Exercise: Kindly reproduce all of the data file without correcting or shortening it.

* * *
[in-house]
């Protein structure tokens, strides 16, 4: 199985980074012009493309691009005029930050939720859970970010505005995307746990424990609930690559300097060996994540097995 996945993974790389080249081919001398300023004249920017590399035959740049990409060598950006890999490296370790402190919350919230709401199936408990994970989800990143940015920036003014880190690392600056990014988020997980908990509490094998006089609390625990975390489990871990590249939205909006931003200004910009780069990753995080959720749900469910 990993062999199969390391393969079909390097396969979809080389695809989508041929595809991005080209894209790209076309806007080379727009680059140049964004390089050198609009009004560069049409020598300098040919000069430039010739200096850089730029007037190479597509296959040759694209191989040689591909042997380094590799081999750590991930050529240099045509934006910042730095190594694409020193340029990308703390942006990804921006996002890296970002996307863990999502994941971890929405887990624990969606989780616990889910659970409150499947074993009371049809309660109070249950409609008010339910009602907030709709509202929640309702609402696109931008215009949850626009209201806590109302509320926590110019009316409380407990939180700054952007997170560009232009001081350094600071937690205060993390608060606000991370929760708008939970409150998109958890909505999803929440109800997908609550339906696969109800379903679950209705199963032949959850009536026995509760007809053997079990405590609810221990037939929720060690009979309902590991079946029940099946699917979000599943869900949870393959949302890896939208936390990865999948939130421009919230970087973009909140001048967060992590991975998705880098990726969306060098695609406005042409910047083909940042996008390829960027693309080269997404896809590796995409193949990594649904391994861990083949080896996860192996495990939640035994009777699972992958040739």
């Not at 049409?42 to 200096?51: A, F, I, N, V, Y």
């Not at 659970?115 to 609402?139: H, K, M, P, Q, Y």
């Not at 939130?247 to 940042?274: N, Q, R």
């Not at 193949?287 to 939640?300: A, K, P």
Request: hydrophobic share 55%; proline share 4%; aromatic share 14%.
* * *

[in-house]
């Protein structure tokens, strides 16, 4: 199985980074012009493309691009005029930050939720859970970010505005995307746990424990609930690559300097060996994540097995 996945993974790389080249081919001398300023004249920017590399035959740049990409060598950006890999490296370790402190919350919230709401199936408990994970989800990143940015920036003014880190690392600056990014988020997980908990509490094998006089609390625990975390489990871990590249939205909006931003200004910009780069990753995080959720749900469910 990993062999199969390391393969079909390097396969979809080389695809989508041929595809991005080209894209790209076309806007080379727009680059140049964004390089050198609009009004560069049409020598300098040919000069430039010739200096850089730029007037190479597509296959040759694209191989040689591909042997380094590799081999750590991930050529240099045509934006910042730095190594694409020193340029990308703390942006990804921006996002890296970002996307863990999502994941971890929405887990624990969606989780616990889910659970409150499947074993009371049809309660109070249950409609008010339910009602907030709709509202929640309702609402696109931008215009949850626009209201806590109302509320926590110019009316409380407990939180700054952007997170560009232009001081350094600071937690205060993390608060606000991370929760708008939970409150998109958890909505999803929440109800997908609550339906696969109800379903679950209705199963032949959850009536026995509760007809053997079990405590609810221990037939929720060690009979309902590991079946029940099946699917979000599943869900949870393959949302890896939208936390990865999948939130421009919230970087973009909140001048967060992590991975998705880098990726969306060098695609406005042409910047083909940042996008390829960027693309080269997404896809590796995409193949990594649904391994861990083949080896996860192996495990939640035994009777699972992958040739």
């Not at 049409?42 to 200096?51: A, F, I, N, V, Y």
């Not at 659970?115 to 609402?139: H, K, M, P, Q, Y």
């Not at 939130?247 to 940042?274: N, Q, R």
């Not at 193949?287 to 939640?300: A, K, P």
Request: hydrophobic share 55%; proline share 4%; aromatic share 14%.